- The Washington Times - Wednesday, November 28, 2018

The Trump administration is formulating a backup plan to ensure that Obamacare customers can still get insurance if a state-driven lawsuit is successful in striking down the 2010 health law.

Seema Verma, administrator for the Centers for Medicare and Medicaid Services, declined to give details of those plans or who might be covered, but the fact that planning is underway suggests how seriously the administration is taking the threat from the court case.

The contingency planning is all the more striking because the Trump administration has refused to defend Obamacare in the lawsuit, effectively siding with the states that say the law is now invalid after Congress last year eliminated the individual mandate requiring almost all Americans to hold insurance.

“We do have contingency plans. We want to make sure that people with preexisting conditions have protections, and we want to make sure that people have access to affordable coverage,” Ms. Verma told reporters at the American Enterprise Institute, a conservative D.C. think tank.

She declined to elaborate, saying the fallback “may or may not be needed.”

A federal judge is expected to rule any day now on the lawsuit from 20 Republican-led states. They’ve asked for the judge to enjoin Obamacare.

It’s likely any decision against the law would be stayed pending an appeal to higher courts, though the case is considered the biggest remaining threat to the program.

Democrats during the midterm campaign repeatedly blasted Republicans for backing the lawsuit, saying if it’s successful it will strip coverage from people with pre-existing conditions.

A Kaiser Family Foundation poll released Wednesday found a majority of Americans — including 87 percent of Democrats and just over half of Republicans — would like to see their states restore those protections if the judge rules against Obamacare, “even if this means some healthy people may pay more for coverage.”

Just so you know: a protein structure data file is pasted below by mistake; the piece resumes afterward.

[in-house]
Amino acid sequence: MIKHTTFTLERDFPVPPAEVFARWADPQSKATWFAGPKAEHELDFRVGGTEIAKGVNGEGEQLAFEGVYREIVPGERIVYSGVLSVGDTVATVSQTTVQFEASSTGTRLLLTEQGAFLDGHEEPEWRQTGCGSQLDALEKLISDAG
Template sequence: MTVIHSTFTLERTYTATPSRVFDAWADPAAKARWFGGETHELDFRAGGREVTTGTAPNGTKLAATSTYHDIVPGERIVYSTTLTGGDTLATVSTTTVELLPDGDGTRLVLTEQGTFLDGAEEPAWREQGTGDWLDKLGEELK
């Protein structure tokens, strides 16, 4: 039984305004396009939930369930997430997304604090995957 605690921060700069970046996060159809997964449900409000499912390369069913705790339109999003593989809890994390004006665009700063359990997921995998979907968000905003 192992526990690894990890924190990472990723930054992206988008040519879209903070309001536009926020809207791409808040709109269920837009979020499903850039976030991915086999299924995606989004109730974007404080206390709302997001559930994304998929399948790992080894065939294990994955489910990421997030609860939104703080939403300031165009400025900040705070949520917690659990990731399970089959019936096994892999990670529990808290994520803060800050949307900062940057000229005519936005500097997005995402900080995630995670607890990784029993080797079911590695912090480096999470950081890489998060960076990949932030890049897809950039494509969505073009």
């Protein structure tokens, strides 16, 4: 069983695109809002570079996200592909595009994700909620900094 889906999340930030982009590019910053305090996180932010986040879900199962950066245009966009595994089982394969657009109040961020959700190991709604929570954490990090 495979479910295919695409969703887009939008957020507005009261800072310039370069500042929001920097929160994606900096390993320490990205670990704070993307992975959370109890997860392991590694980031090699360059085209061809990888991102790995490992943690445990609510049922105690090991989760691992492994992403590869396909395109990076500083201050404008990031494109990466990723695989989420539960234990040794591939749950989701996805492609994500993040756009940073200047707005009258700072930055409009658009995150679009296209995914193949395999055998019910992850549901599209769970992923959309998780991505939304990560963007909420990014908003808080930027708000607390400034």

Obamacare’s defenders say rather than make alternate plans, the Trump administration should reverse itself and defend the health law in court.

“The best contingency plan for protecting American health care — and especially for those with pre-existing conditions — is for the administration to withdraw its support for this disastrous lawsuit and instead defend the law of the land,” Protect Our Care, a pro-Obamacare group, said in response to Ms. Verma’s comments.

President Trump recently told Axios, an online news outlet, he didn’t get a heads up from the Justice Department before it decided not to defend the law.

He says protections for people with preexisting conditions can be added in new legislation later, if the lawsuit is successful.

Democrats contend Republicans cannot be trusted after they attempted to repeal Obamacare in its entirety in 2017.

Democrats say they’ll push early in the new Congress, when they’ll control the House, to reaffirm Obamacare’s protections. They’ll also take steps to intervene in the Texas lawsuit and defend the law, just as Republicans did when President Obama’s administration refused to defend a law.

House Democrats will also have the ability to conduct oversight of the Trump administration.

Ms. Verma said her agency will do its best to respond to oversight requests from Congress.

She also said she doesn’t plan on leaving her post, even if there is post-election turnover elsewhere in the administration.

Her agency is overseeing parts of Mr. Trump’s sweeping plan to slash drug prices and an overhaul of Medicaid insurance for the poor, in which states can now condition benefits on working, volunteering or going to school if they seek a waiver from the federal government.

“After a year and a half,” she said, “I have only just gotten started.”

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